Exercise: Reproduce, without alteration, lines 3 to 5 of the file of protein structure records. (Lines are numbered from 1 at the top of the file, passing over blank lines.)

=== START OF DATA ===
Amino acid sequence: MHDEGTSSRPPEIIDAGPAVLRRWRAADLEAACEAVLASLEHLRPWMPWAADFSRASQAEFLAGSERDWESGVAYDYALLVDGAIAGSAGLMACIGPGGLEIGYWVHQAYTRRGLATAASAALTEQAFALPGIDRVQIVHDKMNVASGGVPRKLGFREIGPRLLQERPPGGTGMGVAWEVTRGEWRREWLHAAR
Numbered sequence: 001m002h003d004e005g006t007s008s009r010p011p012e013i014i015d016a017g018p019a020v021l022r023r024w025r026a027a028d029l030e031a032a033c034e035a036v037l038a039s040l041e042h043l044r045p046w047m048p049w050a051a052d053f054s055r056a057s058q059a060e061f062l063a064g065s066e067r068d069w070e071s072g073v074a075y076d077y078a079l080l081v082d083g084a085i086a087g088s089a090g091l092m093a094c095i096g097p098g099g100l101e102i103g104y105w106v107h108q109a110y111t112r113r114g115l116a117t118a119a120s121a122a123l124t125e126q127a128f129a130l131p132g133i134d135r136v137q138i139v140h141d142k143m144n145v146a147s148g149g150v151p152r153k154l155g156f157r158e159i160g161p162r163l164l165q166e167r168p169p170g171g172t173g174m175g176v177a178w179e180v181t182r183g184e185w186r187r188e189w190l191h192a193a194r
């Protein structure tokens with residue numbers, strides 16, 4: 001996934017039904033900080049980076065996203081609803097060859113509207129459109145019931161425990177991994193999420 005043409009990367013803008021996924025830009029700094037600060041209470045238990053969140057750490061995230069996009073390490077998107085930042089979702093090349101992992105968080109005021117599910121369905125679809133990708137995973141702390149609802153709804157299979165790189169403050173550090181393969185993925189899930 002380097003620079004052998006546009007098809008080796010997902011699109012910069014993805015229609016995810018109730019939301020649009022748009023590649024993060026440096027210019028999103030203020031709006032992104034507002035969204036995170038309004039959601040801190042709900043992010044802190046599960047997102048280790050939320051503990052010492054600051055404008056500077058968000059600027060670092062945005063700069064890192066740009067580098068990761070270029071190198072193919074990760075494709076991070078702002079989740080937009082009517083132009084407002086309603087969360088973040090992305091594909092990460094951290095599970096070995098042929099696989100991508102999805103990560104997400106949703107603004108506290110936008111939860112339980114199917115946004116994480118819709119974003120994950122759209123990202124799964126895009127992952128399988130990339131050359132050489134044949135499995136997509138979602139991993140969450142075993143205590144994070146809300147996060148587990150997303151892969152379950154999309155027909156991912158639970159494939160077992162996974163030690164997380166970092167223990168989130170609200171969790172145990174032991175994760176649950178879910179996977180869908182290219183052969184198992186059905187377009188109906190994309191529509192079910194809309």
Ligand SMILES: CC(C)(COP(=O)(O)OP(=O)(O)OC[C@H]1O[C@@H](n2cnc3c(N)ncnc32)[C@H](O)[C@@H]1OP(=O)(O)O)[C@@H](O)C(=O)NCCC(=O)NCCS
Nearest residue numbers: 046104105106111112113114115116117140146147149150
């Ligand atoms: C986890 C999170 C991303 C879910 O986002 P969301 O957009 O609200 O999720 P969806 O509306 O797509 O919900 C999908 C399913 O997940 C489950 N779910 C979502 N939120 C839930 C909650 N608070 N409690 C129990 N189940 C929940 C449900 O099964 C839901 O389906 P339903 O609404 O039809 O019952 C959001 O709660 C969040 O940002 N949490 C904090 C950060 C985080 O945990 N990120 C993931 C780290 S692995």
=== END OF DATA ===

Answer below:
């Protein structure tokens with residue numbers, strides 16, 4: 001996934017039904033900080049980076065996203081609803097060859113509207129459109145019931161425990177991994193999420 005043409009990367013803008021996924025830009029700094037600060041209470045238990053969140057750490061995230069996009073390490077998107085930042089979702093090349101992992105968080109005021117599910121369905125679809133990708137995973141702390149609802153709804157299979165790189169403050173550090181393969185993925189899930 002380097003620079004052998006546009007098809008080796010997902011699109012910069014993805015229609016995810018109730019939301020649009022748009023590649024993060026440096027210019028999103030203020031709006032992104034507002035969204036995170038309004039959601040801190042709900043992010044802190046599960047997102048280790050939320051503990052010492054600051055404008056500077058968000059600027060670092062945005063700069064890192066740009067580098068990761070270029071190198072193919074990760075494709076991070078702002079989740080937009082009517083132009084407002086309603087969360088973040090992305091594909092990460094951290095599970096070995098042929099696989100991508102999805103990560104997400106949703107603004108506290110936008111939860112339980114199917115946004116994480118819709119974003120994950122759209123990202124799964126895009127992952128399988130990339131050359132050489134044949135499995136997509138979602139991993140969450142075993143205590144994070146809300147996060148587990150997303151892969152379950154999309155027909156991912158639970159494939160077992162996974163030690164997380166970092167223990168989130170609200171969790172145990174032991175994760176649950178879910179996977180869908182290219183052969184198992186059905187377009188109906190994309191529509192079910194809309």
Ligand SMILES: CC(C)(COP(=O)(O)OP(=O)(O)OC[C@H]1O[C@@H](n2cnc3c(N)ncnc32)[C@H](O)[C@@H]1OP(=O)(O)O)[C@@H](O)C(=O)NCCC(=O)NCCS
Nearest residue numbers: 046104105106111112113114115116117140146147149150